September 19, 2010

Banned Books Week Is Starting A Little Early This Year...

Oh, dear.

Reading is so difficult for some people.
It's the books, you see. Filled from cover to cover with words, and ideas -- things which can't be controlled by others.

Sometimes, that fact gives people indigestion. Unfortunately, in this case it's a guy who had access to the opinion page in his newspaper. He called out Laurie Halse Anderson's Speak as soft porn. From his comments, it's obvious that he either spot-landed in the book, turning a page here or there, or he didn't read it at all.

And it makes me ... tired.

Laurie is such a person of genuine integrity, and the book is an honest and raw portrayal of a person who was the victim of an insidious betrayal -- who overcame horror and pain and spoke up about it, in order to raise up others. How the rape that occured can be construed as pornography to this guy - well, none of us want to even go there, do we? What's disturbing to me is that it will probably eventually come out that the man who wrote the opinion piece is running for some sort of public office, and feels that this polarizing rhetoric will help secure him a place in the hearts of those deeply concerned about their kids.

I really hate seeing how people play with other people's fears in order to convince them to do things. It's obscene.

But, I won't mount my soapbox - Laurie has asked for help in speaking to this situation.
First, people are invited to share, on their blogs, their experience with the book.
Second, she invites us to speak to the people of Republic, Missouri.

She also invites us to submit a letter to the editor of the News-Leader,, or write to the superintendent of the Republic School District, Dr. Vern Minor, or to the high school principal, Daren Harris.

If you're feeling brave, you can comment directly to Scroggins’ opinion piece.

Laurie is being gracious about this - but I know it must really be both hurtful and wearying to her. I am sending her a virtual masseuse and a pint of virtual ice cream.


EDITED TO ADD: This strange case has now been covered by Salon.com, and is receiving national attention, due to Judy Blume to bringing the case to the attention of the National Coalition Against Censorship.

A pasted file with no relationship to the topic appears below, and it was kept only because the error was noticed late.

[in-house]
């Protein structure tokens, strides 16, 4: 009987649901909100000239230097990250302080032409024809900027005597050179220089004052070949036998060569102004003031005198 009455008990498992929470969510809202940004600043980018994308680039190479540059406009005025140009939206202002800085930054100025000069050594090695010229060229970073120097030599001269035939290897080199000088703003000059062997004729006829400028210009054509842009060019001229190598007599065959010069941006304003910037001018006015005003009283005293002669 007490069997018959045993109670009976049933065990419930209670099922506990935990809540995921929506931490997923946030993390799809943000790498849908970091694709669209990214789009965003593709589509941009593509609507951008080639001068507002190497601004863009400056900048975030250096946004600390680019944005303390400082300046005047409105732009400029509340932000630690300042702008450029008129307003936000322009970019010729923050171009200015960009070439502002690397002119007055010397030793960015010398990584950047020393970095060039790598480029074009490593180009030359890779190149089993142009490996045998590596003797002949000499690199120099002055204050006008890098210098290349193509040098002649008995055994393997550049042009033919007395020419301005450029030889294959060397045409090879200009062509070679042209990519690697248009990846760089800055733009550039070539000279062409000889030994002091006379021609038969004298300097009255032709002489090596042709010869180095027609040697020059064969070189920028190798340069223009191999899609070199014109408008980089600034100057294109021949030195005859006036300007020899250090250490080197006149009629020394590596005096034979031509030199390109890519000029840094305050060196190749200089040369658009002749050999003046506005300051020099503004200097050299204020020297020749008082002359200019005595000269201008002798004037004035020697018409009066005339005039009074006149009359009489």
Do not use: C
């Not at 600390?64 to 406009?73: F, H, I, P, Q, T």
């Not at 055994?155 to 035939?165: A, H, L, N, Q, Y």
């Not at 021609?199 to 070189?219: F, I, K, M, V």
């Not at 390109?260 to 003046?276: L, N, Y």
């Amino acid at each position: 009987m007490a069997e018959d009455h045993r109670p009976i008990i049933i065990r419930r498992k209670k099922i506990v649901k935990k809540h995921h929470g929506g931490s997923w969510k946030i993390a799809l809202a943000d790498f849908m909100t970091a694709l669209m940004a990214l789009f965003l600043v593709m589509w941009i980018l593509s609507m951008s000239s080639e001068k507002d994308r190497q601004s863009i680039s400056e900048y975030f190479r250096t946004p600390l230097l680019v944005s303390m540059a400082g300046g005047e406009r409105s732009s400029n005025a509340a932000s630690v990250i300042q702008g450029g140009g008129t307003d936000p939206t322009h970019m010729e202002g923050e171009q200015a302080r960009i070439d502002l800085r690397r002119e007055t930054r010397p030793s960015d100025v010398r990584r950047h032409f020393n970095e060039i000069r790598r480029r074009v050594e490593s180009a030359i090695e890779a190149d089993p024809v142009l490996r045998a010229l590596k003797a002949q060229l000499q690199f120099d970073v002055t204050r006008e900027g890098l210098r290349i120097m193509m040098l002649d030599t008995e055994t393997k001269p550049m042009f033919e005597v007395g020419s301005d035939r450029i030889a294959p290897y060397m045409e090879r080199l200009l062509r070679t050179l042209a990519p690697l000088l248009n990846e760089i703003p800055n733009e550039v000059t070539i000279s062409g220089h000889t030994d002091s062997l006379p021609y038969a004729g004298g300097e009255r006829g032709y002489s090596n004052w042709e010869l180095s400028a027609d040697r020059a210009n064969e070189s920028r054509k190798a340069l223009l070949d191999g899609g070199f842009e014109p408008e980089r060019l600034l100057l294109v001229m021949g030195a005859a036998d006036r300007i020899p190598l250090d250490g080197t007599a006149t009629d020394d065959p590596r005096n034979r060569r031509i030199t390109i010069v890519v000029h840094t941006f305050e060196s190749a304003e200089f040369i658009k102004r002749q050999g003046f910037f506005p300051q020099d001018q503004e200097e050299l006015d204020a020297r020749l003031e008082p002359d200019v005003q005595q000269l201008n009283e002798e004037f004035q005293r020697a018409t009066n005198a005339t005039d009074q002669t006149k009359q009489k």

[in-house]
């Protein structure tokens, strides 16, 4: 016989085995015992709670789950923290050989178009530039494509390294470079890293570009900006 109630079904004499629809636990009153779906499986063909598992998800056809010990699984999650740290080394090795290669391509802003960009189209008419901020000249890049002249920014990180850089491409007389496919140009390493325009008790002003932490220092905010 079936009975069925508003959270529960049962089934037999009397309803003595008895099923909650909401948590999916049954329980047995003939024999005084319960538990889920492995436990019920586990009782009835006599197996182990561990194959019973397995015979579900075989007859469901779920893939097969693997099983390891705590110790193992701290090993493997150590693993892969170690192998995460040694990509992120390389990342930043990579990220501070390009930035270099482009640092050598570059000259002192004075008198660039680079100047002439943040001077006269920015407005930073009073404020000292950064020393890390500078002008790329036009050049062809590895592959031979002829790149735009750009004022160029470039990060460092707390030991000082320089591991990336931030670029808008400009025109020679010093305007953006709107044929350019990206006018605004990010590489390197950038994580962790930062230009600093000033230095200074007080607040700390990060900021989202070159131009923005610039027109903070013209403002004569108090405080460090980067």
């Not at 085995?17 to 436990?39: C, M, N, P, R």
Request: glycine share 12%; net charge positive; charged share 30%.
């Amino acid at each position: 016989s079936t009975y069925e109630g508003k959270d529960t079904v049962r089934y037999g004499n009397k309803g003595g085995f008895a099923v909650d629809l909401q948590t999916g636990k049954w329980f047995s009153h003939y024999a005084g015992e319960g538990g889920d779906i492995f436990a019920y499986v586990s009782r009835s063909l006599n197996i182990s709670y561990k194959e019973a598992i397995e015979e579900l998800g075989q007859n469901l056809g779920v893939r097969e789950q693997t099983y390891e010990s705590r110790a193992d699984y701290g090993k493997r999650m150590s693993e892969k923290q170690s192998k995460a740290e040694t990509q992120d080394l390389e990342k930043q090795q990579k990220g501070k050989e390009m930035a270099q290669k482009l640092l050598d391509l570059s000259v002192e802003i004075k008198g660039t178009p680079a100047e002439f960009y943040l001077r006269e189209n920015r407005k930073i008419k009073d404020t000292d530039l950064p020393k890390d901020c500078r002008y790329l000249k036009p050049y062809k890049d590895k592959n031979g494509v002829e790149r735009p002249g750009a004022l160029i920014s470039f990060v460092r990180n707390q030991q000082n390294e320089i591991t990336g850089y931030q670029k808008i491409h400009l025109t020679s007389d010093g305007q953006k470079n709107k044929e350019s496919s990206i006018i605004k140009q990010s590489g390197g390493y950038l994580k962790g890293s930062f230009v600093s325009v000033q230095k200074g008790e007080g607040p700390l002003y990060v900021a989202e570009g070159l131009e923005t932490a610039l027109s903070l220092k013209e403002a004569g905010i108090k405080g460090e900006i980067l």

That's another virtual hug, there.

Salon's article reminds us that we've overused the word "porn" oh, way, way a lot... sooo, what is it, really? The author brings up a good point.

3 comments:

aquafortis said...

Argh argh argh argh!

Obviously, this makes me incoherent. I find it appalling and inhumane that anyone would consider Speak to be pornography.

I also find this more than a little ironic in light of the book itself, since this opinion writer's stance seems to (indirectly or directly; haven't read the piece yet) promote ignorance and silence over education and advocacy.

People like this always seem to me to be more concerned with preserving their children's elusive "moral sensibilities" than their actual physical and psychological health. And that truly worries me.

Here's me chipping in on the virtual masseuse and ice cream...

Saints and Spinners said...

Tanita: Tired is exactly how I felt when I first began to read about Scroggins's challenge of Speak as soft porn. As he recounted the story the way he saw it, I wondered if we had actually read the same book.

I believe I remember reading in one of Madeleine L'Engle's nonfiction books about someone challenging A Wind in the Door as pornographic because the person considered kything to be a metaphor for sex.

Enough, already.

C.K. said...

This reminds me of the parent up here who filed a formal compliant with the Toronto District School Board about The Handmaid's Tale, claiming it was anti-Christian and sexist.

Scroggins too has completely (and deliberately?) missed the point with Speak and would probably prefer that rape not be written about in YA fiction at all which is something that I can't comprehend. How will we ever change things and bring understanding to issues if we don't write about them?